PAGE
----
How Emotions Are Affected By Addiction

An addict may for so long, been incapable of feeling because of their constant emotional numbing.
Many individuals fall victim to drug addiction because they are trying to suppress unpleasant feelings.

They may self-medicate for depression, using drugs to try to make them feel “better;” however, this may only work for a time, and when the drugs stop working they are left with the emotional state of the lack of  the capacity to feel human. Emotions are part of what makes us feel alive, but using drugs and alcohol to alleviate those emotions is detrimental to any emotion existing. Genuine feelings of happiness become more and more difficult to feel the more one abuses substances. As the drugs conquer an addict’s life, it is nearly impossible to respond emotionally appropriate to situations.

Many addicts report handling the death of a loved one while they are in addiction to be an feelingless experience. When that experience happens, they cannot feel their grief about the death. In burying the emotions needed to process death, they never really deal with their feelings about the passing. Then, when the addict abstains from drugs, the emotions they have about losing that loved one come crashing down on them with the intensity of a collapsing building.

An addict may for so long, been incapable of feeling because of their constant emotional numbing. Their conscious may be affected by the substance abuse, making them unable to care about the consequences of their actions, including how they affect the emotional health of others in their life. Their ability to honestly love, and show love to others may have been hindered causing pain to their loved ones.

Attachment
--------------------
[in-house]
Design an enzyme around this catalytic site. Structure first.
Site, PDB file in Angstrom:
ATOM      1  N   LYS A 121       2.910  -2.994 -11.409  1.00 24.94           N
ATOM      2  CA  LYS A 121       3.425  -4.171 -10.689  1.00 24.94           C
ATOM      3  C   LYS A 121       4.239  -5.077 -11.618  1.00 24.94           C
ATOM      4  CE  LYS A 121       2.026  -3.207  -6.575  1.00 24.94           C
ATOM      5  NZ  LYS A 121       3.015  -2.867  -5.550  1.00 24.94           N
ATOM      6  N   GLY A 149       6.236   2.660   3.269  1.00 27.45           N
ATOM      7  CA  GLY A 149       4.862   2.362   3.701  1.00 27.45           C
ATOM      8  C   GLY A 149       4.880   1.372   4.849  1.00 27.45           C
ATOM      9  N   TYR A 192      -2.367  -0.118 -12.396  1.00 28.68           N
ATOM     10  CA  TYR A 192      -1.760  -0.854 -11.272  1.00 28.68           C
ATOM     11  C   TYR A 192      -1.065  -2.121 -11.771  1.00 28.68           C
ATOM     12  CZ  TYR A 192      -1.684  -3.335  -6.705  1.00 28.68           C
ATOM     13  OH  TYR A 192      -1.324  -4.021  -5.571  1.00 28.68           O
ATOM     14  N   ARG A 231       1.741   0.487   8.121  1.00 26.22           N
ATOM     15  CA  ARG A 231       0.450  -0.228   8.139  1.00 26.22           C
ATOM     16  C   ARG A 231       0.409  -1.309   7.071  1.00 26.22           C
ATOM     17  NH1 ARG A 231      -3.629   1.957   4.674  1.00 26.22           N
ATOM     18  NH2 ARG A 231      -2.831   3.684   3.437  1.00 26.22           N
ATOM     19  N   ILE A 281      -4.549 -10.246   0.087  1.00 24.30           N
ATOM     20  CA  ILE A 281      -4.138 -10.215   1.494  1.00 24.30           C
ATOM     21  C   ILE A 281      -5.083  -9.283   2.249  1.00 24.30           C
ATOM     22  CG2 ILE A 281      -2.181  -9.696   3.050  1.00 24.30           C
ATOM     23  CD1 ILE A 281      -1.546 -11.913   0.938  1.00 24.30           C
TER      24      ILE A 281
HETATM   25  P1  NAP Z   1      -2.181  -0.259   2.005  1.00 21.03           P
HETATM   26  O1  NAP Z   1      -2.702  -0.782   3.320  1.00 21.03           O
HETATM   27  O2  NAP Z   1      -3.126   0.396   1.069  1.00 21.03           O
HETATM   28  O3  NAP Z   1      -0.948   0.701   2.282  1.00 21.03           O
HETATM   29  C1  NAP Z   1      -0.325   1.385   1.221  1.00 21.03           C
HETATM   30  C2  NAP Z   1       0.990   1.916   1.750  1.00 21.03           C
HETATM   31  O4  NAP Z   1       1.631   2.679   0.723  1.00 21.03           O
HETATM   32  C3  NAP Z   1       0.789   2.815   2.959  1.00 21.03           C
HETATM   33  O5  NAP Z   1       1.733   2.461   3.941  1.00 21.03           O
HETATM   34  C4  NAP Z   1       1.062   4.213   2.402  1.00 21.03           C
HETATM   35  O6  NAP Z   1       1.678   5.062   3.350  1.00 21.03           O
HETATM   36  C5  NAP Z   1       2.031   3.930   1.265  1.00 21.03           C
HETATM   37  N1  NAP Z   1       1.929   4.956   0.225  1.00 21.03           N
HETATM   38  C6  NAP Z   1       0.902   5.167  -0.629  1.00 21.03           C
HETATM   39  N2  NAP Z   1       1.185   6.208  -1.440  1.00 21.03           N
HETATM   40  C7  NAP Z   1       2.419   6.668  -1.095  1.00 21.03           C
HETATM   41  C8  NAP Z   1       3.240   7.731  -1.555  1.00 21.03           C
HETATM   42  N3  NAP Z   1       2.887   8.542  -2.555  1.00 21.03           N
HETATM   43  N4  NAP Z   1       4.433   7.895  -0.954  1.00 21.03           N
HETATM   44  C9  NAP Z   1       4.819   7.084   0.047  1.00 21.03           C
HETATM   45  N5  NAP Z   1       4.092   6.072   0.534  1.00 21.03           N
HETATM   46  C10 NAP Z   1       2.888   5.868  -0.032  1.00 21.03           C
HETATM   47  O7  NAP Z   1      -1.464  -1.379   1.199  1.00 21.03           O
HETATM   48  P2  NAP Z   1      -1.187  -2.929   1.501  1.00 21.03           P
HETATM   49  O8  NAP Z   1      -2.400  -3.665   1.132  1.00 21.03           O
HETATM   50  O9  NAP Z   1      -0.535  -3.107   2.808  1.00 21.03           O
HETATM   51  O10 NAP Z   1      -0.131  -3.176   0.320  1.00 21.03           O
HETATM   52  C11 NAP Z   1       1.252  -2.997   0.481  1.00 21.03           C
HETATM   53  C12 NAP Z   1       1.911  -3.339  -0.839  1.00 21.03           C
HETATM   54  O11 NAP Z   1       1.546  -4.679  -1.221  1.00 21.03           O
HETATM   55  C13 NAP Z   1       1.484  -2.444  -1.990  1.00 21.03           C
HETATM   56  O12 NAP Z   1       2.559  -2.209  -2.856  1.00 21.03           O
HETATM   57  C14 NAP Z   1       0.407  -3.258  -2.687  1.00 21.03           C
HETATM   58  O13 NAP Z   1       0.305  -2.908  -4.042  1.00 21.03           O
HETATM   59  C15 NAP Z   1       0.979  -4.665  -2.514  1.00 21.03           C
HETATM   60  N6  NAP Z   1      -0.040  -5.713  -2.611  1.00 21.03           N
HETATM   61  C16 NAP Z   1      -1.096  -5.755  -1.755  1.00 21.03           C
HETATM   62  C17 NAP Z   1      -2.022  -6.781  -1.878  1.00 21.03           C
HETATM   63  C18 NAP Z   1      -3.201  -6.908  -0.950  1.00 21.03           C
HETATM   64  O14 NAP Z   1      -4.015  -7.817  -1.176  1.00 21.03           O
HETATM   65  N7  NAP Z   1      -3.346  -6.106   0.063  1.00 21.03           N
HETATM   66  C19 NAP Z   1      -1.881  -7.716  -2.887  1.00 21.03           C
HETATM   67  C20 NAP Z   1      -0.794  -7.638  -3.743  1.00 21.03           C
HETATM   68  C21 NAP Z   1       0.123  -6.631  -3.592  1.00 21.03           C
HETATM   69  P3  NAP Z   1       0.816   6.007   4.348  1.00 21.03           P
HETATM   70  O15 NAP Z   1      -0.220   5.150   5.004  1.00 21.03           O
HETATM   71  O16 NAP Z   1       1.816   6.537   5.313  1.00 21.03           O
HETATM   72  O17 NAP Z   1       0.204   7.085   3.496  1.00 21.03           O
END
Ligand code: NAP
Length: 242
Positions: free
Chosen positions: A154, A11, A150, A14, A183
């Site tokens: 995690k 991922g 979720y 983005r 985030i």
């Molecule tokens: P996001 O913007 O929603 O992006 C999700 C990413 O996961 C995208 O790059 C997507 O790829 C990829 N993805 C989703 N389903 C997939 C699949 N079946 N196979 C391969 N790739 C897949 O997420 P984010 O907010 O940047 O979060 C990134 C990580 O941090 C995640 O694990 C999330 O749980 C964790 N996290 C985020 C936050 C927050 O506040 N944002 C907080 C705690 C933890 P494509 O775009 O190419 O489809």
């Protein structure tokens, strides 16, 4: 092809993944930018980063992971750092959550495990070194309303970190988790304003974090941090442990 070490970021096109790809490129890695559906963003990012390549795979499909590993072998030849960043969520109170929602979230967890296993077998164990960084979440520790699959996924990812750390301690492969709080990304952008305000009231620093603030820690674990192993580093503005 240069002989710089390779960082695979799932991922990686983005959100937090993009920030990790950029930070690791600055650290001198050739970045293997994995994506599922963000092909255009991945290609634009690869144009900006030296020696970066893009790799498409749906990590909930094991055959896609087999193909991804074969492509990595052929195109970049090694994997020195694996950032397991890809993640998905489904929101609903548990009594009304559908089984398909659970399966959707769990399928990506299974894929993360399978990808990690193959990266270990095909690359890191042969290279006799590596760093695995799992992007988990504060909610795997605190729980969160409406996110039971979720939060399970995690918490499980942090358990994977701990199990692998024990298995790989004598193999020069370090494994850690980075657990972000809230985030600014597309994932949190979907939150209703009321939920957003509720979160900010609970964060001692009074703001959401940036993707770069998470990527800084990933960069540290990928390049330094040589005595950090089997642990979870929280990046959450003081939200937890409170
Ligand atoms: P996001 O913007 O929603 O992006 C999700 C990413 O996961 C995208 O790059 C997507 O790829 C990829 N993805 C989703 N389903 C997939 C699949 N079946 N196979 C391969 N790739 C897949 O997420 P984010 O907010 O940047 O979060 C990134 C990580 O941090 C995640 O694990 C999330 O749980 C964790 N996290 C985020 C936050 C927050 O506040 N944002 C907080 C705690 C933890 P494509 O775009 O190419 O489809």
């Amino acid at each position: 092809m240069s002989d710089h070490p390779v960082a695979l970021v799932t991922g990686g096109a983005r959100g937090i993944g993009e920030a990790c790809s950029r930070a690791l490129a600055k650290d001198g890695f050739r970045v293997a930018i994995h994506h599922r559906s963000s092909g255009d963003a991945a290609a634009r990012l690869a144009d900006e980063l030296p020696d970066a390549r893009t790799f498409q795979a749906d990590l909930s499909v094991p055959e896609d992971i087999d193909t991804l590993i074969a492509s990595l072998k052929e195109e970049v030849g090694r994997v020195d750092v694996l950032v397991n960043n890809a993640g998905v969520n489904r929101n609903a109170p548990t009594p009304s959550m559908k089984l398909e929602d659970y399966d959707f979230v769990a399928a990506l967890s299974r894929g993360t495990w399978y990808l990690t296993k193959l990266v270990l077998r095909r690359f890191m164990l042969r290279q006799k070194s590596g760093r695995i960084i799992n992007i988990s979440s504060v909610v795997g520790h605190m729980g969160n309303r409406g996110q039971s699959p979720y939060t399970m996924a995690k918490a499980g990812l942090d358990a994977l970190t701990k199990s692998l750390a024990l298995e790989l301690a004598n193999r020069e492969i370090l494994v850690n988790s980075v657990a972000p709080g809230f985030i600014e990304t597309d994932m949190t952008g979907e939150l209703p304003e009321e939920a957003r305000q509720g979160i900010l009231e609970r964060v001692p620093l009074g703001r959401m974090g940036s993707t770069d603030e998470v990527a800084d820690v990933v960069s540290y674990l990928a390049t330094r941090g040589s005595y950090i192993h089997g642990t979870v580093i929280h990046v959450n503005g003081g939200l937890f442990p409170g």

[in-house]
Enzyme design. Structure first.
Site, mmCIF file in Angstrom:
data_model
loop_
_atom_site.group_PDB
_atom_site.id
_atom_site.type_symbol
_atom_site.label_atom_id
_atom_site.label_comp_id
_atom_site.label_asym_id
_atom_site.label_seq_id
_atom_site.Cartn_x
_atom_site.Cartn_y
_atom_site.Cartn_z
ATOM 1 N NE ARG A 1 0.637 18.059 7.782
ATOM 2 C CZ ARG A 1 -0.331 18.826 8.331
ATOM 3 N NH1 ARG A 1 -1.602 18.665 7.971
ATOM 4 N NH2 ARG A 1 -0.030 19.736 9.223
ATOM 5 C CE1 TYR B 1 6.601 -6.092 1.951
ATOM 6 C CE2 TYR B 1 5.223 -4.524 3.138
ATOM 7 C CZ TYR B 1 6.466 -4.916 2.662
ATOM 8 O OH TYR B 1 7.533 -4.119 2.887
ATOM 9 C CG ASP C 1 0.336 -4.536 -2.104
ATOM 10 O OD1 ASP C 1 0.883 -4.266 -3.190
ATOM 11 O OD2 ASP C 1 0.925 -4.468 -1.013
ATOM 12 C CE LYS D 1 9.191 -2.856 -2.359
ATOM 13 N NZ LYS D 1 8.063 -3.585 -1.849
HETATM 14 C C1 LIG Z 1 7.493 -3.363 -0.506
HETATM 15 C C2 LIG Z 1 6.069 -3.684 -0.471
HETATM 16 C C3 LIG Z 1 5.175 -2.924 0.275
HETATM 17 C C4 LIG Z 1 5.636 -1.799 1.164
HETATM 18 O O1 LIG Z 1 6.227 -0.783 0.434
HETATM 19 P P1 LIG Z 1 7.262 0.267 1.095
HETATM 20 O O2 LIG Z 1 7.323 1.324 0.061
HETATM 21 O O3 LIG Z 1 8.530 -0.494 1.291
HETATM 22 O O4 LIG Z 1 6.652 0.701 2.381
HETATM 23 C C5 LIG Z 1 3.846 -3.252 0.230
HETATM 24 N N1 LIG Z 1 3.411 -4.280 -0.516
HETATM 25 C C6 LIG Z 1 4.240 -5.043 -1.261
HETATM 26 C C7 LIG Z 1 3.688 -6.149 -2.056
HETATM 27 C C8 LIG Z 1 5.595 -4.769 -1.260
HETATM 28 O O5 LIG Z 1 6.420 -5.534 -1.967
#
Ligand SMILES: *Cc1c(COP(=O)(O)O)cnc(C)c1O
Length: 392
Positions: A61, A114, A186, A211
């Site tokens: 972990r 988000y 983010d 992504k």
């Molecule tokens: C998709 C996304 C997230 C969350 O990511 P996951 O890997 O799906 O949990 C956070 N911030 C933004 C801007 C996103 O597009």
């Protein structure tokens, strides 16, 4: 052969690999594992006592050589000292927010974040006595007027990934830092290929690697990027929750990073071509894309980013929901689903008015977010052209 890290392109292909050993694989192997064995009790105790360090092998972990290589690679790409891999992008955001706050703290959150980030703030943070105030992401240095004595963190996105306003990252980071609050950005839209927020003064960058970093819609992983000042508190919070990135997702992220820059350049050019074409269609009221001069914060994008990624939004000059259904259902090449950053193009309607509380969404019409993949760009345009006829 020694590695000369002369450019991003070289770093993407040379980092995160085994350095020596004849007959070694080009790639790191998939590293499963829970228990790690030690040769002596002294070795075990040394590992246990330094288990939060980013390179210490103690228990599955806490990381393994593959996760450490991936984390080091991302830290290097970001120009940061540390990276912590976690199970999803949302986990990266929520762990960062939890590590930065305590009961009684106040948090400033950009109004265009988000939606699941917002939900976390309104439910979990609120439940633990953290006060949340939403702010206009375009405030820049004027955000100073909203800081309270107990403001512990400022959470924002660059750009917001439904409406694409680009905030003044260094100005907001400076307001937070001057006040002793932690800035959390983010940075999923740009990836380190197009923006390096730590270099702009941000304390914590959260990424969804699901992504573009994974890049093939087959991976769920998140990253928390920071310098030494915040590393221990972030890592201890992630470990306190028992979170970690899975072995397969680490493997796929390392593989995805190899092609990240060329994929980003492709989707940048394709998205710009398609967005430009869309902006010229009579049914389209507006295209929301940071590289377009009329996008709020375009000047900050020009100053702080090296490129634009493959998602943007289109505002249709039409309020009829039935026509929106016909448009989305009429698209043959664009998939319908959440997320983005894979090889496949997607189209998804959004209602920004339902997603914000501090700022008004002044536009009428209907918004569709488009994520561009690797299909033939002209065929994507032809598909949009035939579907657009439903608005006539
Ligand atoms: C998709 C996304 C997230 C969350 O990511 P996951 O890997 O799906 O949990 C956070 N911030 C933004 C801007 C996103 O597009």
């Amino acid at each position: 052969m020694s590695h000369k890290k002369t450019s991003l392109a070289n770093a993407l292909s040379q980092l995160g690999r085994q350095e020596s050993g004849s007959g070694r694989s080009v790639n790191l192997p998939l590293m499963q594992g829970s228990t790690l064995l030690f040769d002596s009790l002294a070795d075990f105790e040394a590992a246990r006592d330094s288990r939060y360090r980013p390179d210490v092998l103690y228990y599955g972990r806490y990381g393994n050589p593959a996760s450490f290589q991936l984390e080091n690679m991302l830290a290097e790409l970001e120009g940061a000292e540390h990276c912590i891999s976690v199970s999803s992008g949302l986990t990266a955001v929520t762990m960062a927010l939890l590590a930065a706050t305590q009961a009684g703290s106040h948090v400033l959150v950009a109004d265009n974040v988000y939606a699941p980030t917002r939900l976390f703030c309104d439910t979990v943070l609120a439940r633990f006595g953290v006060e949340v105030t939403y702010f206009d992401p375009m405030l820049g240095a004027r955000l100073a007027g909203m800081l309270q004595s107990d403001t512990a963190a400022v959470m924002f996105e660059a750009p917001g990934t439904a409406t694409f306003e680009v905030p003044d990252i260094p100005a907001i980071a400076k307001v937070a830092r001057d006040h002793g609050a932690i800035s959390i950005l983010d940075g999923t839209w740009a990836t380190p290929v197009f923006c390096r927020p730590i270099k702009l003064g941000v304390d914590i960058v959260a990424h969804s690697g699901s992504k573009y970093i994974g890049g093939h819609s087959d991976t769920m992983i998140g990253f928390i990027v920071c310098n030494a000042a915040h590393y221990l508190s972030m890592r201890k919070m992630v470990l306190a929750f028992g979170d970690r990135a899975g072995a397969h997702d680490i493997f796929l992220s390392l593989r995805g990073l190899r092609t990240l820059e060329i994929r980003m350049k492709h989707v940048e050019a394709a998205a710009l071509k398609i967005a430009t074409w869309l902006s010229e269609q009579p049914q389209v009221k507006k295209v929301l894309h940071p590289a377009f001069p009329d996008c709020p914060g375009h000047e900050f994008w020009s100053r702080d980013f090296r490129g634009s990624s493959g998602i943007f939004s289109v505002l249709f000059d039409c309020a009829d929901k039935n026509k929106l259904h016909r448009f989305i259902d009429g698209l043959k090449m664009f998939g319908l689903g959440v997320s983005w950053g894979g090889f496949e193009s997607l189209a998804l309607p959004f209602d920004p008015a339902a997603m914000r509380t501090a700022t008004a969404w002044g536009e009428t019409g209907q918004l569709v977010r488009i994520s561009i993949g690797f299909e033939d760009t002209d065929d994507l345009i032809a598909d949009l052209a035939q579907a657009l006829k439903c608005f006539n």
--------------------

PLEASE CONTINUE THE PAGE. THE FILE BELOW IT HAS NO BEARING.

The way drugs influence the emotional state of addicts reaches from active addiction and into early recovery. While in addiction, emotions may be numbed, or completely haywire. Irritation may rise from not having their substances, causing them to lash out at those around them. They may feel profound sadness as a result of struggling with trying to become abstinent or keeping their addiction alive. Then, once they decide to make the step into recovery, their emotions come back rapidly and without warning. One moment they may feel extraordinarily happy and joyful, then they may feel incredibly depressed. They may feel waves of guilt for the damage they have realized they have caused in addiction. They may feel shame in their actions. They may feel a series of emotions in the course of a few hours; however, this is not permanent. This happens as a result of the addict’s brain chemicals adjusting to the lack of substances in the body. Honestly, over time, the brain readjusts, and through counseling and 12-step meetings, an addict can learn to live with and conquer their emotions, resulting in them controlling their emotions, rather than their emotions controlling them.  

Distributed by Client Initiatives

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